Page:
Adaptation is a fundamental process in evolutionary biology. In many cases, the ability of a species to adapt determines their formation, their success, and their persistence. My research focuses on disentangling patterns left behind on the genome by the process of adaptation to contemporary agricultural environments in the Brassicaceae and common waterhemp, Amaranthus tuberculatus. Specifically, I’m interested in addressing:
- The extent to which adaptation occurs via de novo mutation or standing genetic variation;
- Whether mutations are arising independently across populations or are spreading through gene flow;
- What key population and species-level factors influence the rate and nature of evolution.
Weed-Herbicide systems provide a great system for studying the genetics of adaptation; in addition to the evolutionary forces that all natural populations experience (gene flow, genetic drift, mutation), the recurrent application of herbicides provides strong and predictable selection pressure against weed populations. I use comparative genomic, lab and field-based approaches to address these question.
Contemporary adaptation in Amaranthus tuberculatus
Harboring cross-resistance to up to five herbicides and including glyphosate, the invasion of common waterhemp in agricultural environments is becoming increasingly problematic for crop loss. With the weedy-agricultural waterhemp variety (Amaranthus tuberculatus var. rudis) having a range historically limited to the midwestern United States, first reports of waterhemp occurring in agricultural fields in Ontario, Canada underlines the need to better understand processes mediating the spread of resistant, weedy species.
To this end, I am currently working to identify the demographic origins of agricultural populations (have Ontario agricultural populations arisen via translocation of a midwestern type, or via de novo agricultural adaptation) and the genetic origins of resistance (what is the role of independent vs shared origins of resistance adaptation across populations and regions) – Keep your eyes out for a forthcoming paper!
Furthermore, with two subspecies historically occurring in allopatry and in distinct selective environments, I will be coupling extensive contemporary sampling across the range and ancient herbarium samples to identify genomic underpinnings of contemporary agricultural adaptation, the extent to which the subspecies are locally adapted, and the evolutionary dynamics governing gene flow between subspecies across environments and time.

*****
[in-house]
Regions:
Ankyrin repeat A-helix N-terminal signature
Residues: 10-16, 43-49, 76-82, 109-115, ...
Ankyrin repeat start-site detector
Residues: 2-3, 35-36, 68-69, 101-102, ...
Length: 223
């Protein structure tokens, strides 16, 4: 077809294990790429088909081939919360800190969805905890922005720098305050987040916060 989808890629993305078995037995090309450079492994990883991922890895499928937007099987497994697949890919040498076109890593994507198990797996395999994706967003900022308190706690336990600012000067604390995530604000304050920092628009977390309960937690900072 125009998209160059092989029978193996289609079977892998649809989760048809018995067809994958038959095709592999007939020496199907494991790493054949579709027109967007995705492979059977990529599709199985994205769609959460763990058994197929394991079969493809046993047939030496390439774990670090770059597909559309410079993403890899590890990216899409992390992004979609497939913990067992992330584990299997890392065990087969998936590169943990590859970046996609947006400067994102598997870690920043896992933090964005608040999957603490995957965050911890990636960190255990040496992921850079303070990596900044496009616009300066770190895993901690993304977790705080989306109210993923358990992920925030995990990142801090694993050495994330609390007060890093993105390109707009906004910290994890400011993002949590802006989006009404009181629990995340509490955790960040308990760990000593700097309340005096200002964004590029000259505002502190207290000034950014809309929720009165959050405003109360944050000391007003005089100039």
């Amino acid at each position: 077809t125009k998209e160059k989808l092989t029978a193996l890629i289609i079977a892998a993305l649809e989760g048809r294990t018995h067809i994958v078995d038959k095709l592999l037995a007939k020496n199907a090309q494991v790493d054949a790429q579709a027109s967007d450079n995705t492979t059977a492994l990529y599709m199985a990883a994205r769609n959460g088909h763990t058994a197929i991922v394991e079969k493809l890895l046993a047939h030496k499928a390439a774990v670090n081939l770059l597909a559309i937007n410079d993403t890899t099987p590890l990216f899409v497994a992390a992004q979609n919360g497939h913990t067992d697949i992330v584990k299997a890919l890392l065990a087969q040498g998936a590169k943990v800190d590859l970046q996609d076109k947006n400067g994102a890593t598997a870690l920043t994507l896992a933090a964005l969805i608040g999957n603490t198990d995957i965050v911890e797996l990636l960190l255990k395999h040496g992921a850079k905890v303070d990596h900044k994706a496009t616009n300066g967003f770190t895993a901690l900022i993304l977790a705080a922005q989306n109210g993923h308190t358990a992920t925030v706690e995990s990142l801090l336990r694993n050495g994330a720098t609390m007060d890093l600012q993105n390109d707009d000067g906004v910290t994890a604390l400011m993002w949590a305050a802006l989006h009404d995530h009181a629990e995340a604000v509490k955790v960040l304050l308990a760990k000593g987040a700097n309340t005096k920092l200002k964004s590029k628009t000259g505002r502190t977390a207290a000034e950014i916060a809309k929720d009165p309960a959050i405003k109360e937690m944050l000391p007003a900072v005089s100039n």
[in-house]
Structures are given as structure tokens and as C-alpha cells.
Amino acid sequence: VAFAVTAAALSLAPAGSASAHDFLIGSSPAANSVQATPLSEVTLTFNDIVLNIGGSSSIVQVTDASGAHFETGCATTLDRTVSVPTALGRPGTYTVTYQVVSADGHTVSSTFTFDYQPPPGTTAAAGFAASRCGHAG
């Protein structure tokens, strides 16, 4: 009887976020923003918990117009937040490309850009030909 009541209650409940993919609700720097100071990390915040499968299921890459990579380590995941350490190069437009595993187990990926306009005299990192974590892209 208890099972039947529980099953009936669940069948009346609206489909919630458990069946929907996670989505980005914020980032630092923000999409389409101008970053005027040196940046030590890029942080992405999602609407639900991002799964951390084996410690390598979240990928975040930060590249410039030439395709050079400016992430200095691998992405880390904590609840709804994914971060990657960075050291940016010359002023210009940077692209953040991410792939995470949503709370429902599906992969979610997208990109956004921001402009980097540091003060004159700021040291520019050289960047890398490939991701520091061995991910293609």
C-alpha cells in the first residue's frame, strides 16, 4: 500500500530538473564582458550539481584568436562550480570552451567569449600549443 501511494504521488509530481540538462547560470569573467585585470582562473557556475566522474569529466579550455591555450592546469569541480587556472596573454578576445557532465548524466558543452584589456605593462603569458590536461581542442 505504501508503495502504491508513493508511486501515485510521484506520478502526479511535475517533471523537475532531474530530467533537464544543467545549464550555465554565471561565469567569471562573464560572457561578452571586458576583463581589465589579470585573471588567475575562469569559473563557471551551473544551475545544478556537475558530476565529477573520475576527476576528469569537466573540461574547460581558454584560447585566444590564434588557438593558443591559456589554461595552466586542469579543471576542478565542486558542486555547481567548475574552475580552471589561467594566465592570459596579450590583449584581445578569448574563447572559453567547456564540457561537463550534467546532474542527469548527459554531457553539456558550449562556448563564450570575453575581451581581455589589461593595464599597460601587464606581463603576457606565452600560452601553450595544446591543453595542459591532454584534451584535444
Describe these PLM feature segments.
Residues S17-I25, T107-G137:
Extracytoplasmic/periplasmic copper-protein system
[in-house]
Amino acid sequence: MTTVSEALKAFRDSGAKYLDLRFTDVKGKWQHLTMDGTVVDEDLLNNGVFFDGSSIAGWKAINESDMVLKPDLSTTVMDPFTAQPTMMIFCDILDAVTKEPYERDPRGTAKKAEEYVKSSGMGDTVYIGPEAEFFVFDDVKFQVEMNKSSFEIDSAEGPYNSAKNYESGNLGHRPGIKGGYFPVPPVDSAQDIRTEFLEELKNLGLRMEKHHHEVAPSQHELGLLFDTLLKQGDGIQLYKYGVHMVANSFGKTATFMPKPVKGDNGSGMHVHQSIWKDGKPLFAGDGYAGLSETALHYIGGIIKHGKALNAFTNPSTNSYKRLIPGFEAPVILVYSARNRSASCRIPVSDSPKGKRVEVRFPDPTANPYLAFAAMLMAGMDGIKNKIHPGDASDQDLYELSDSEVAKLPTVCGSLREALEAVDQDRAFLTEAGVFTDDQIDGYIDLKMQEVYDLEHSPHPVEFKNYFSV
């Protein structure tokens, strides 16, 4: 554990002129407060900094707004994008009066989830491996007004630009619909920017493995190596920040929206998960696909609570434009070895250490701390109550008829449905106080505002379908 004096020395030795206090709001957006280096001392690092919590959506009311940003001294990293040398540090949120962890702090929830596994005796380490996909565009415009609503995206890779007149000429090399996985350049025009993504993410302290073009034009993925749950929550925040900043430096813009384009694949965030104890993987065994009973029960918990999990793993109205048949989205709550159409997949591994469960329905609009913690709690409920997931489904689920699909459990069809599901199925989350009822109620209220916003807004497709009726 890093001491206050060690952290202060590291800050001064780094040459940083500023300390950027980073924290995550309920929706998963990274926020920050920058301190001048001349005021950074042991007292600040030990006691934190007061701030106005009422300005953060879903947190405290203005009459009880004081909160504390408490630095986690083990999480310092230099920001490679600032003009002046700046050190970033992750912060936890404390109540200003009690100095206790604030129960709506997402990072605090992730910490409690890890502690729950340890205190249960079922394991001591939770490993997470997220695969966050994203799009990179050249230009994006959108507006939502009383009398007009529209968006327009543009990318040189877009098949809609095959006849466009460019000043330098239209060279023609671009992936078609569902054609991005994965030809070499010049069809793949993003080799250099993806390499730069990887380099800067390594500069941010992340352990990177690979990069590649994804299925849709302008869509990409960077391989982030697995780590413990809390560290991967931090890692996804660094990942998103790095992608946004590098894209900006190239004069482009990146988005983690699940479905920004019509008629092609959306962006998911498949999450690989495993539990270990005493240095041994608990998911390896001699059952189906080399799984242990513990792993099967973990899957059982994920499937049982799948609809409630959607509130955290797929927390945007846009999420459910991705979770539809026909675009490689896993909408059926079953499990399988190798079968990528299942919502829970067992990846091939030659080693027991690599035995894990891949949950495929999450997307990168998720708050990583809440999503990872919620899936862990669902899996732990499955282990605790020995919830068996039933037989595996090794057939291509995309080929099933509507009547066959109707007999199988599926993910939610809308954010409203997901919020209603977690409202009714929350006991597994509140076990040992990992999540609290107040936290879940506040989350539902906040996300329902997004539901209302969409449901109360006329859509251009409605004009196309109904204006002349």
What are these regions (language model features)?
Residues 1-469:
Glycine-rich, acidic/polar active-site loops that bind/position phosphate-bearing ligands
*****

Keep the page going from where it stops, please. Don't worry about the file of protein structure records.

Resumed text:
Here are some pictures of Amaranthus from my trip 2017 trip to Ridgetown, Ontario and the surrounding area where the two subspecies now occur in sympatry – see if you can spot them both!
Comparative population genomics of adaptation in Brassicaeceae
Looking across 12 species in the Brassicaceae family collected from common agricultural fields in the Prairies, Canada, I plan on taking a novel approach to investigate the population genomic signals of adaptation and genome structure across species. Here I will be investigating the proportion of the genome under positive vs. purifying selection within species, and how repeatable these genomic regions under selection are across species and populations from the same environments. I will also test the extent to which the strength of selection influences the prevalence of hard vs. soft selective sweeps – how does the degree of mutation limited-adaptation vary across the genome compared to at focal resistance loci under strong selection?
By studying the comparative genomics of selection and herbicide resistance in 12 species in the Brassicaceae, with a particular interest in the selfing diploid, Stinkweed (Thlaspi arvense), the diploid outcrosser, Wild mustard (Sinapis arvensis), and the tetraploid diploid, Shepherds purse (Capsella bursa-pastoris), I can contrast how the rate and mode of adaptation vary between species that differ in key life history characteristics—mating system and ploidy.